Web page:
Employers Strive to Help Employees Gain Financial Wellness

Sixty-one percent of employers have adopted consumer directed health plans, which provide a personal savings account to offset employee’s deductibles. Employers are expanding health and wellness programs, or implementing cost sharing for some benefits, according to a survey by Prudential.

Brokers say that their roles are being affected by rising healthcare costs and healthcare reform, changing regulations, expanding web technology, and rising competition from non-traditional players. They say that their most important business objectives are retaining customers, increasing productivity and efficiency, and increasing customer satisfaction. Most employees say that voluntary benefits increase the value of their benefit program, even if the employee doesn’t participate. This varies by generation, with a greater percentage of Millennials finding value.

HSAs top employers’ lists of tax-exempt benefits

Employers responding to a recent survey said offering a consumer-directed health plan is the best way to control health care costs, and employees benefit because contributions to CDHP-linked health savings accounts are tax-deductible, as is interest accrued in the accounts. Other popular tax-deductible benefits include education assistance, commuting benefits and achievement awards. Entrepreneur online (2/24)

Why Employees Should Consider Self Funding

Mid-sized employers should consider self-funding employee benefits, move to a private exchange or establish a defined contribution approach to control health care costs over the next decade, according to a new white paper by Barney & Barney, a Marsh & McLennan Agency LLC Company. Employers will bear an even bigger share of the cost

Shawn Pynes, Principal of Barney & Barney’s Employee Benefits division. Benchmarking data in white paper is based on responses from more than 330 employers and 1,084 benefit plans in the U.S. The following are key findings:

• PPO plans are the most costly to employers and employees. The employee-only premium is now more than $600 per month on average. Employees are responsible for $168 of that amount on average.
• Over the past three years, office visit copays have been creeping up for PPO and HMO plans. Copays have risen from an average of $19 to $21 for PPOs and from $20 to $22 for HMOs years.
• Employers are offering more low-cost options, including HMO plans and CDHPs. The number of HMO plans offered jumped 15% from 2013 to 2014. CDHP implementation grew by 13% over the same time period, compared to just 4% with PPO plans.
• The average copay for an emergency room visit has increased steadily over the past few years across PPO and HMO plans at $119 per visit.

Consumer-Driven Health Plans Grew 15% Last Year

Enrollment in consumer-directed health plans (CDHPs) grew by 15% in 2013, according to a survey by the American Association of Preferred Provider Organizations (AAPPO). Enrollment in the plans, which include health savings accounts, health reimbursement arrangements and flexible spending accounts, grew from 39 million in 2012 to 45 million in 2013, according to an AAPPO analysis of a Mercer survey. As major changes to the health system loomed last year, employers looked to consumer-directed health plans to offer the affordability, flexibility, and stability,” said Karen Greenrose, AAPPO president and CEO. The following are key findings:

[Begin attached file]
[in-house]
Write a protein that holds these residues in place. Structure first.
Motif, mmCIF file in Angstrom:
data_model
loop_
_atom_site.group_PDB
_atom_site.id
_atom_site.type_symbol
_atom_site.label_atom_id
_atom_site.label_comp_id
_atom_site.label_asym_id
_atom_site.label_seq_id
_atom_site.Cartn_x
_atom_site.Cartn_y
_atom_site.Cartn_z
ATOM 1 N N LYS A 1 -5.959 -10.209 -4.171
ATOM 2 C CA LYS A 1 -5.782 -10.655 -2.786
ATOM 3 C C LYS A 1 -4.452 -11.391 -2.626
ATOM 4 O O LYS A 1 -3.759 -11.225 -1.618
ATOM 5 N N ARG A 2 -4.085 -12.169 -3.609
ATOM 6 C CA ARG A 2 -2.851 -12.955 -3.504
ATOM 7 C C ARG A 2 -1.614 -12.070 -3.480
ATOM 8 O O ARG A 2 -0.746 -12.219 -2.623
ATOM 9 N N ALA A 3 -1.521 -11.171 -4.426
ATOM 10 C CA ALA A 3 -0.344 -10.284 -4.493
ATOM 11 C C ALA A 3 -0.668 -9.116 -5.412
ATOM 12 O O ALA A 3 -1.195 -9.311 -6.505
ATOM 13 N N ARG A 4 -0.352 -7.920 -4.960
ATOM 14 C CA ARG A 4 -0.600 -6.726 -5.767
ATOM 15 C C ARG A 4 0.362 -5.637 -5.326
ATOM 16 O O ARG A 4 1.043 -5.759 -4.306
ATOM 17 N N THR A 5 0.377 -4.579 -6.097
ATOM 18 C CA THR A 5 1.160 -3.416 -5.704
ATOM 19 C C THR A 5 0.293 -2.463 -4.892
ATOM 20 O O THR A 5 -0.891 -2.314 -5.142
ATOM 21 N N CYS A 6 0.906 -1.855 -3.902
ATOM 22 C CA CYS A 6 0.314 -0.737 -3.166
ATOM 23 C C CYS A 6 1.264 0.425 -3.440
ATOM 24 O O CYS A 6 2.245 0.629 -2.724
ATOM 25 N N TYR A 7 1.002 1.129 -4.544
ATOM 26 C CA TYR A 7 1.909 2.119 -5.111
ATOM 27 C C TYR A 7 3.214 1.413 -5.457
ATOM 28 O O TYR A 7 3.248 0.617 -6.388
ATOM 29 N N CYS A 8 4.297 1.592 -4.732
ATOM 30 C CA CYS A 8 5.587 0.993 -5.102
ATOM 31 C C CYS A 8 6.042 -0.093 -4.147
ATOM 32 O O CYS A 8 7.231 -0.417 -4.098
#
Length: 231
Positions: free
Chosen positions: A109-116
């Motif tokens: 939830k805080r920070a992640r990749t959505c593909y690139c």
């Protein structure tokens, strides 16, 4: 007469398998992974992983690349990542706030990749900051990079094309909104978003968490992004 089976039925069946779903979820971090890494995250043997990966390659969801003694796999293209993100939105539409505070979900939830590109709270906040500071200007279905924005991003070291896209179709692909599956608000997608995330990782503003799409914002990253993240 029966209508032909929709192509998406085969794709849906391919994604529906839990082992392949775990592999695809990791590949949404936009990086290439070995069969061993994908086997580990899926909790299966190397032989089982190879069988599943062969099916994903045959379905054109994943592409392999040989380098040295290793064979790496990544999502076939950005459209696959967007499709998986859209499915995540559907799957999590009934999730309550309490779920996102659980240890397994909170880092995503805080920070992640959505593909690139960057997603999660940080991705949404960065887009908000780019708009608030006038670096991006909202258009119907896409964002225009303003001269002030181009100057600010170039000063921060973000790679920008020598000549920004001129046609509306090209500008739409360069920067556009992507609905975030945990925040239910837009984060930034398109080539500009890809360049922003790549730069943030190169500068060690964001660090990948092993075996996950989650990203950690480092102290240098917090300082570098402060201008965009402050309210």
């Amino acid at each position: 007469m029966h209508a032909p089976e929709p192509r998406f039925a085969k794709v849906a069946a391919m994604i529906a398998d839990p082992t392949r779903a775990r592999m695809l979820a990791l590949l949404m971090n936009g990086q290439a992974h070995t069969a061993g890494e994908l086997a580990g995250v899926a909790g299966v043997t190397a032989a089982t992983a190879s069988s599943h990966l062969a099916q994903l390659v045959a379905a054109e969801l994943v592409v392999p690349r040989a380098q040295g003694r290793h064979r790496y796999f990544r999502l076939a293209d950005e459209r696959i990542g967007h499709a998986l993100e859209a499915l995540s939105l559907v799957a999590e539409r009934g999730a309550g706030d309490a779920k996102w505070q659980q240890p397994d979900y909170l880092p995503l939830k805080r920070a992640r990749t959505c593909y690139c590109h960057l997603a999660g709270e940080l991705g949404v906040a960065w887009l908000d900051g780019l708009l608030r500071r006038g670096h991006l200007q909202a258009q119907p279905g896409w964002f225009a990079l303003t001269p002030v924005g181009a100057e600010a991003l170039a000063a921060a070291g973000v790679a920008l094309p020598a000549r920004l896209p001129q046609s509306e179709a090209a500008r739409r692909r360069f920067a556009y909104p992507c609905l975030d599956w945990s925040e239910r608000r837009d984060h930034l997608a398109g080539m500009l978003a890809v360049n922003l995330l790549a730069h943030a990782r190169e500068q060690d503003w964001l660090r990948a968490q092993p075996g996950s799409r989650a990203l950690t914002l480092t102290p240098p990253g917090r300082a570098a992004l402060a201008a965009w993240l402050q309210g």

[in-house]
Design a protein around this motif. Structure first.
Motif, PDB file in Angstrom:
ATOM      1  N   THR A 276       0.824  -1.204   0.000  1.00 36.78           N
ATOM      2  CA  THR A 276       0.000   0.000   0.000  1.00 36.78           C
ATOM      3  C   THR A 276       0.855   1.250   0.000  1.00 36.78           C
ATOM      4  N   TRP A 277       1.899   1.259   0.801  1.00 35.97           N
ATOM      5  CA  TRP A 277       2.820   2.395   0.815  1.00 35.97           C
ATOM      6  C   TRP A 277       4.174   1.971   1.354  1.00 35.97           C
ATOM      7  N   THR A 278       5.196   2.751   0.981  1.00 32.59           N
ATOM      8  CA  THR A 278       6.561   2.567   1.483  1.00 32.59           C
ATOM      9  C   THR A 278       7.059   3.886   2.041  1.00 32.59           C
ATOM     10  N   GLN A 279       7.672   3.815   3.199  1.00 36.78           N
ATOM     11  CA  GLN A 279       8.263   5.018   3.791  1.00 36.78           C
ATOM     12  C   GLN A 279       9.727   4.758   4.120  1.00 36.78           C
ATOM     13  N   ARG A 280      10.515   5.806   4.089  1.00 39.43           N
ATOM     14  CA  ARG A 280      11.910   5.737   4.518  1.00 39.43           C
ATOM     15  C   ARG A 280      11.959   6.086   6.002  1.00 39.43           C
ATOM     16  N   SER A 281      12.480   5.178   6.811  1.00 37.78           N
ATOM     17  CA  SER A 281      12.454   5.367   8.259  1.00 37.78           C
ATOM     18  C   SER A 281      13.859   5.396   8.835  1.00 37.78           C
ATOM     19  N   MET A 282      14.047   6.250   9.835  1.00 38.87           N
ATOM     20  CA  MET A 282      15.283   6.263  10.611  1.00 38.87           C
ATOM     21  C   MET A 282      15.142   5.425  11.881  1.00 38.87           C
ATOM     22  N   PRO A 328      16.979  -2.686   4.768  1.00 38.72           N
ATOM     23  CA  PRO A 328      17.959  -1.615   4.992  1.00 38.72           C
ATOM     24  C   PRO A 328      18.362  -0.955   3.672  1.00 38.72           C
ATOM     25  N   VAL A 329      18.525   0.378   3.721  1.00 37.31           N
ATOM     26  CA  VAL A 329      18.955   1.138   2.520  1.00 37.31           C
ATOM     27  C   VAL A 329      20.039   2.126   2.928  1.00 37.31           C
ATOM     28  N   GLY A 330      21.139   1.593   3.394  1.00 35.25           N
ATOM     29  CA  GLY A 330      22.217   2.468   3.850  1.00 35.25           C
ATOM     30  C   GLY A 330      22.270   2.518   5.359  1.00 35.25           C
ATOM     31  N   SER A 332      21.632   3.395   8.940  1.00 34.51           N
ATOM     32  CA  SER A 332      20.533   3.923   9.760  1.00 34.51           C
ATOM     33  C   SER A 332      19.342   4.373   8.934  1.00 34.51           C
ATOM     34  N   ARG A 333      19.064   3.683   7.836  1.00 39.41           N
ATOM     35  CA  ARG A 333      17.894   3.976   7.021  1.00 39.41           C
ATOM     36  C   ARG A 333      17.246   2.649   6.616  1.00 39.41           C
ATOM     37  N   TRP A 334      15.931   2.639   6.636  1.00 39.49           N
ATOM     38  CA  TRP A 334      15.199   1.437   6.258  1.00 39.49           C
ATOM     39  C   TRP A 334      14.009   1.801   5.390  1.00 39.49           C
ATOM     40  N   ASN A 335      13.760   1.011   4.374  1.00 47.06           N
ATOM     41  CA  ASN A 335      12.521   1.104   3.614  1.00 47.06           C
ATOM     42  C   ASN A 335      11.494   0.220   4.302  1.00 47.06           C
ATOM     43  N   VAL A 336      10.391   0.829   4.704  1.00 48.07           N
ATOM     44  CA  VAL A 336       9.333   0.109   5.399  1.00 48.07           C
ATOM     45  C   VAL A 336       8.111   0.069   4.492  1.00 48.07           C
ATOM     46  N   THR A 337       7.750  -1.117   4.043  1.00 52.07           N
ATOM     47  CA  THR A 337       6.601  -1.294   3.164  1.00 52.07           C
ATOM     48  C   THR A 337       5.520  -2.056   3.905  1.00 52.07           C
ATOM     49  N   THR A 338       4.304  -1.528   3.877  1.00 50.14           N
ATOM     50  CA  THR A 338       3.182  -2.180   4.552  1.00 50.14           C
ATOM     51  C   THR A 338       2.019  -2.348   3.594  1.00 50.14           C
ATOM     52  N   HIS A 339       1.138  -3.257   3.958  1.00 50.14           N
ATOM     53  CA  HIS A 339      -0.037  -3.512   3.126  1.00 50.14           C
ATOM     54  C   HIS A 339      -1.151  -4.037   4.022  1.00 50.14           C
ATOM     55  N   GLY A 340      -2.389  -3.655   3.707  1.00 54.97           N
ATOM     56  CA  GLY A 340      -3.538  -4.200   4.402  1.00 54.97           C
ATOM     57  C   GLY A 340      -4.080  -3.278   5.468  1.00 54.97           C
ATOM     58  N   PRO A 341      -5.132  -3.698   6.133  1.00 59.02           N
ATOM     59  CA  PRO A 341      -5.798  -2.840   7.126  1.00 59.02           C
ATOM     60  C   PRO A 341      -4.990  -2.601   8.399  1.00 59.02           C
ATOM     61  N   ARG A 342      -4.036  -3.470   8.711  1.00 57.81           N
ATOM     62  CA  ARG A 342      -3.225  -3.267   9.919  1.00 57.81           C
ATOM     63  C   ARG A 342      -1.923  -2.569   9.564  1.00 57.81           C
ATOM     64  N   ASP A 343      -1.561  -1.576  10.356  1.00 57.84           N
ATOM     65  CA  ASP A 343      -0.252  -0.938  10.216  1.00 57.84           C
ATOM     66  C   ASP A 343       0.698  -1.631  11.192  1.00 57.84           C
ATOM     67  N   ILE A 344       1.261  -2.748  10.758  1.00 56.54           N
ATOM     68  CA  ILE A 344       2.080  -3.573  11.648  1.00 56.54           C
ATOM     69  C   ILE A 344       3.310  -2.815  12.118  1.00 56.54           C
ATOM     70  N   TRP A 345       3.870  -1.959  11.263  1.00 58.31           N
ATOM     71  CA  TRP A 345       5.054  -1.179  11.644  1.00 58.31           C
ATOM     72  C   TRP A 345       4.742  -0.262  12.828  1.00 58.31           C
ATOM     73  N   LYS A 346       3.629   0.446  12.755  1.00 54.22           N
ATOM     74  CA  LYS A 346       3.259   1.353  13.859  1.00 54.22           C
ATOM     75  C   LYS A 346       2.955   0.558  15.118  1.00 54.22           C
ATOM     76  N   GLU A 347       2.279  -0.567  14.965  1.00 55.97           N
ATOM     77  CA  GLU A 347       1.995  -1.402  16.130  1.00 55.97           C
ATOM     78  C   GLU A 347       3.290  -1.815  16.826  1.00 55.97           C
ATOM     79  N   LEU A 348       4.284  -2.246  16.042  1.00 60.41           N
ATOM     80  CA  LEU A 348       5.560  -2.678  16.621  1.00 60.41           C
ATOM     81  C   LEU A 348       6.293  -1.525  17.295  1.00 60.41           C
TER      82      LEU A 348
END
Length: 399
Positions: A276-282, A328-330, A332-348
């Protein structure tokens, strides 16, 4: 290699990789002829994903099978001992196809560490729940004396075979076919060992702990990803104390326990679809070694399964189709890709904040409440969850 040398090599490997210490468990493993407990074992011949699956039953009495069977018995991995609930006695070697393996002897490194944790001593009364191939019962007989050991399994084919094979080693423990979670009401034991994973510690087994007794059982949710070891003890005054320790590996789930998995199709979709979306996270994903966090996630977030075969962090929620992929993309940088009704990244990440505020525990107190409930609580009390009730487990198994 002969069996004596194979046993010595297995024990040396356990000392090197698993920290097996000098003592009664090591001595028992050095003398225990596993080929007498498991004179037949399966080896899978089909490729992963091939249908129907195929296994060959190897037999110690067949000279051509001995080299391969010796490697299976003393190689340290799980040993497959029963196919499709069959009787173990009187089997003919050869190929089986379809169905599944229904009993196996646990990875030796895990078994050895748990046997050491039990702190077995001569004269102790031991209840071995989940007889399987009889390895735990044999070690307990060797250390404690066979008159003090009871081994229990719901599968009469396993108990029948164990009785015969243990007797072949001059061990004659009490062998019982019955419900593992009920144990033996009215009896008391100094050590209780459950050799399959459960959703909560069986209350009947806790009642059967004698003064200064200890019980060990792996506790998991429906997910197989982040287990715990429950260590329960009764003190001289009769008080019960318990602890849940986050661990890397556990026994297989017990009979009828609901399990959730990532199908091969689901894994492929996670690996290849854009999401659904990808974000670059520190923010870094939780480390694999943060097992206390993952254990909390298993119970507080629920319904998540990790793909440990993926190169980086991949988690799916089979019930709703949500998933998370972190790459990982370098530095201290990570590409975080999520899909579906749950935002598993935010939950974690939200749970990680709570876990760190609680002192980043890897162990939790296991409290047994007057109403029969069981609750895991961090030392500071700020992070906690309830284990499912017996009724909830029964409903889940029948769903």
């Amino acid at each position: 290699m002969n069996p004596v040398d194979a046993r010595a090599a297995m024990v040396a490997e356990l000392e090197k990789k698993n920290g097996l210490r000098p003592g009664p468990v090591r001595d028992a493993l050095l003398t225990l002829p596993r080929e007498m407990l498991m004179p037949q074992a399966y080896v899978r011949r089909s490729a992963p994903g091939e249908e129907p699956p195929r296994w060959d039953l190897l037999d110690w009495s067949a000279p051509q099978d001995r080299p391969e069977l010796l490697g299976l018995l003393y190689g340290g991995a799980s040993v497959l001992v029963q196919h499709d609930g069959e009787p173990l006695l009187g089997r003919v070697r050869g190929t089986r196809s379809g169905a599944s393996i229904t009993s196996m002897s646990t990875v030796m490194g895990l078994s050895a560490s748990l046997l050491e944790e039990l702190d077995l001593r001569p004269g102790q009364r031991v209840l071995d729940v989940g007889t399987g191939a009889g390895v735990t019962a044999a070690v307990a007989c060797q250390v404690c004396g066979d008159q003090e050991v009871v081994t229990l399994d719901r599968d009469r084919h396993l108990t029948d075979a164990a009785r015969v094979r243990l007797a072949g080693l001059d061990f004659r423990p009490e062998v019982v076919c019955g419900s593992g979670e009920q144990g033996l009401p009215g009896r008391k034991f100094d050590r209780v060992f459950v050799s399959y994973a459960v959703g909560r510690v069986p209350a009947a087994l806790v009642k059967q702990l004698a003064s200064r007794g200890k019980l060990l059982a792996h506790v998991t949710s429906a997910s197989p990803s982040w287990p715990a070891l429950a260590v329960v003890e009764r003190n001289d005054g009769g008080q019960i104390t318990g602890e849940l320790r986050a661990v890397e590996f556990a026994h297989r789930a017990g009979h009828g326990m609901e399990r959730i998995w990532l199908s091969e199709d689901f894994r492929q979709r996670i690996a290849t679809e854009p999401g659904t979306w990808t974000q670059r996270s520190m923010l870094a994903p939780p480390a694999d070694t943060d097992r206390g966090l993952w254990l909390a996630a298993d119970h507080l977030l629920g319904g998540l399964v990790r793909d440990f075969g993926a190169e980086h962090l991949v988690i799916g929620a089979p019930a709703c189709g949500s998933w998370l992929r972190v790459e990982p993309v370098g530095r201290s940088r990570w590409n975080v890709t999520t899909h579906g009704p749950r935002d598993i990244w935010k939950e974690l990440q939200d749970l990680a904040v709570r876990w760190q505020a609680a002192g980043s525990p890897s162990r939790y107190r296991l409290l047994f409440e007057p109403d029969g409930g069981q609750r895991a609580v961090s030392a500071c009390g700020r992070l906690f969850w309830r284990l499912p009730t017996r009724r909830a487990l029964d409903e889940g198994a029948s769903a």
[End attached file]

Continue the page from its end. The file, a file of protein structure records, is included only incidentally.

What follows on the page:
• 23% of employers offered CDHPs last year – up from 22% in 2012.
39% of large employers (500 or more employees) offered CDHPs in 2013 – up from 36% the year before.
• 23% of small employers offered CDHPs – up from 22% in 2012. 63% of the largest employers (more than 20,000 employees) offered CDHPs in 2013 — up from 32%.
• 35% of employers expect to offer CDHPs in 2016, with 64% of large employers expecting to offer them.
• The increase continues represents a more than doubling of employers that offer CDHPs since 2008 – from 10% in 2008 to 23%. For more information, visit: http://aappo.org/Resources/Research.aspx.

Survey: Consumer-directed health plans encourage cost-conscious behavior

People enrolled in health plans with high deductibles and linked to a health savings or reimbursement account are more likely than those in traditional plans to check their benefits, request a generic drug in place of a brand-name drug, and check the price before getting care, according to a survey by the Employee Benefit Research Institute and Greenwald & Associates. Enrollees in consumer-directed plans were also more likely than those in traditional plans to discuss treatment options with their health care providers, the survey found. BeckersHospitalReview.com (12/20)

Most Employees Will See Changes in Health Benefits During Open Enrollment

Employees can expect a number of changes to their health benefits driven by rising health costs and the Patient Protection and Affordable Care Act, according to a report by Aon Hewitt. The following are some of the most notable changes employees may see:

A more expensive price tag: Most employers plan to subsidize employees’ health coverage at the same percentage rate as last year. However, employees’ out-of-pocket costs continue to climb as health care costs increase. In addition, nearly 20% have increased surcharges for adult dependents with access to coverage elsewhere.

More options for coverage: Starting in 2014, all Americans must have health care coverage or risk paying a penalty. Some employees may want to purchase individual coverage through the new state and federal marketplaces, particularly those who are not offered health coverage through their employer.

A higher probability of being in a consumer-driven health plan: Consumer-driven health plans (CDHPs) continue have surpassed HMOs as the second most offered plans by employers. In fact, a growing number of employers are offering CDHPs as the only plan option. While just 10% of companies do so today, another 44% are considering it in the next three to five years.